Artificial intelligence is often thought of as disembodied: a mind like a program, floating in a digital void. But human minds are deeply intertwined with our bodies — and an experiment with virtual creatures performing tasks in simulated environments suggests that AI may benefit from having a mind-body setup.
Stanford scientists were curious about the physical-mental interplay in our own evolution from blobs to tool-using apes. Could it be that the brain is influenced by the capabilities of the body and vice versa? It has been suggested before — over a century ago, in fact — and certainly it's obvious that with a grasping hand one learns more quickly to manipulate objects than with a less differentiated appendage.
It's hard to know whether the same could be said for an AI, since their development is more structured. Yet the questions such a concept brings up are compelling: Could an AI better learn and adapt to the world if it has evolved to do so from the start?
The experiment they designed is similar in some ways to simulated environments that have been used for decades to test evolutionary algorithms. You set up a virtual space and drop simple simulated creatures into it, just a few connected geometric shapes that move in random ways. Out of a thousand such writhing shapes, you pick the 10 that writhed the farthest and make a thousand variations on those, and repeat over and over. Pretty soon you have a handful of polygons doing a pretty passable walk across the virtual surface.
That's all old hat, though: As the researchers explain, they needed to make their simulation more robust and variable. They weren't simply trying to make virtual creatures that walk around, but to investigate how those creatures learned to do what they do, and whether some learn better or faster than others.
To find out, the team created a similar simulation to the old ones, dropping their sims, which they called "unimals" (for "universal animals" … we'll see if this terminology takes off), into it at first just to learn to walk. The simple shapes had a spherical "head" and a few branchlike jointed limbs, with which they developed a number of interesting walks. Some stumbled forward, some developed a lizard-like articulated walk and others a flailing but effective style reminiscent of an octopus on land.
Look at them go!. Image Credits: Stanford
So far, so similar to older experiments, but there the similarities more or less end.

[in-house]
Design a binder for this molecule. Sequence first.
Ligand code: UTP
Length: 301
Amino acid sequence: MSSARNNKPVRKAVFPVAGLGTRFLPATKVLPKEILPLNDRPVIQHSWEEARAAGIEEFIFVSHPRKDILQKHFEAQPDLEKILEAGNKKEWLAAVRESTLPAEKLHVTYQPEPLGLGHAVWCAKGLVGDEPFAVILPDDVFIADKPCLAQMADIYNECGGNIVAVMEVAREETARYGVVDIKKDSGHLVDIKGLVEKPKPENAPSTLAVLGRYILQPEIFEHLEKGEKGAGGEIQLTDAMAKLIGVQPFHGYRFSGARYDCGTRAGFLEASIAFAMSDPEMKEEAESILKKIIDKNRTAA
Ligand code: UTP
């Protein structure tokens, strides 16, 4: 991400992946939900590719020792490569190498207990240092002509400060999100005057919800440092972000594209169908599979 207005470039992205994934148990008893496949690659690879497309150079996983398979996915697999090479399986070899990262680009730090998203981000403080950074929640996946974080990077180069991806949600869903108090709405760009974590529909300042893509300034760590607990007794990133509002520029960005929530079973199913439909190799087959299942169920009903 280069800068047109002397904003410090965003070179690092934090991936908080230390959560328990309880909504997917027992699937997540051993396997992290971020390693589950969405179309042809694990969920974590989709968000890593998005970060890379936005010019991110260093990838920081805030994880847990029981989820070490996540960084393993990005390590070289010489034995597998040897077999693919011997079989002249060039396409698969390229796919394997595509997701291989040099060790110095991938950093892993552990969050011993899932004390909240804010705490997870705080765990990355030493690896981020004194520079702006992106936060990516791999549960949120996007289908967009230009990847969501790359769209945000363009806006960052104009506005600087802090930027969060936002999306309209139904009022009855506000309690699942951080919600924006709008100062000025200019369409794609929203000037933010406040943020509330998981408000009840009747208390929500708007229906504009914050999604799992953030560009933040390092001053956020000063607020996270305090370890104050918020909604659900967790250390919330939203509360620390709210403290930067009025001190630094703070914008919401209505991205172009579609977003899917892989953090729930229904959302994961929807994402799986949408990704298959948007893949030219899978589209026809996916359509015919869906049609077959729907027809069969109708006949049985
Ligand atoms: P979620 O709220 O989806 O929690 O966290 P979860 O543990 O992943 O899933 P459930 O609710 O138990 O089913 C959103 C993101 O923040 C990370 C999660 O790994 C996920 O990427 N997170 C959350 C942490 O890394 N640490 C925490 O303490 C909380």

Some of these unimals grew up on different home planets, as it were, with undulating hills or low barriers for them to clamber over. And in the next phase unimals from these different terrains competed on more complex tasks to see whether, as is often held, adversity is the mother of adaptability.
"Almost all the prior work in this field has evolved agents on a simple flat terrain. Moreover, there is no learning in the sense that the controller and/or behavior of the agent is not learnt via direct sensorimotor interactions with the environment," explained co-author Agrim Gupta to TechCrunch — in other words, they evolved by surviving but didn't really learn by doing. "This work for the first time does simultaneous evolution and learning in complex environments like terrains with steps, hills, ridges and moves beyond to do manipulation in these complex environments."
The top 10 unimals from each environment were set loose on tasks ranging from new obstacles to moving a ball to a goal, pushing a box up a hill or patrolling between two points. Here it was where these "gladiators" really showed their virtual mettle. Unimals that had learned to walk on variable terrain learned their new tasks faster and performed them better than their flatlander cousins.
Image Credits: Stanford
"In essence, we find that evolution rapidly selects morphologies that learn faster, thereby enabling behaviors learned late in the lifetime of early ancestors to be expressed early in the lifetime of their descendants," write the authors in the paper, published today in the journal Nature.
It's not just that they learned to learn faster; the evolutionary process selected body types that would allow them to adapt faster and apply lessons quicker. On flat terrain, an octopus flop might get you to the finish line just as fast, but hills and ridges selected for a body configuration that was fast, stable and adaptable. Bringing this body into the gladiatorial arena gave those unimals coming from the school of hard knocks a leg up on the competition. Their versatile bodies were better able to apply the lessons their minds were putting to the test — and soon they left their floppier competition in the dust.
What does this all signify, besides providing a few entertaining GIFs of 3D stick figures galloping over virtual terrain? As the paper puts it, the experiment "opens the door to performing large-scale in silico experiments to yield scientific insights into how learning and evolution cooperatively create sophisticated relationships between environmental complexity, morphological intelligence, and the learnability of control tasks."
Say you have a relatively complicated task you'd like to automate — climbing stairs with a four-legged robot, for instance. You could design the movements manually, or combine custom ones with AI-generated ones, but perhaps the best solution would be to have an agent evolve its own movement from scratch. The experiment shows that there is potentially a real benefit to having the body and the mind controlling it evolve in tandem.
If you're code-savvy, you can get the whole operation up and running on your own hardware: The research group has made all the code and data freely available on GitHub. And make sure you've got your high-end computing cluster or cloud container ready to go, too: "The default parameters assume that you are running the code on 16 machines. Please ensure that each machine has a minimum of 72 CPUs."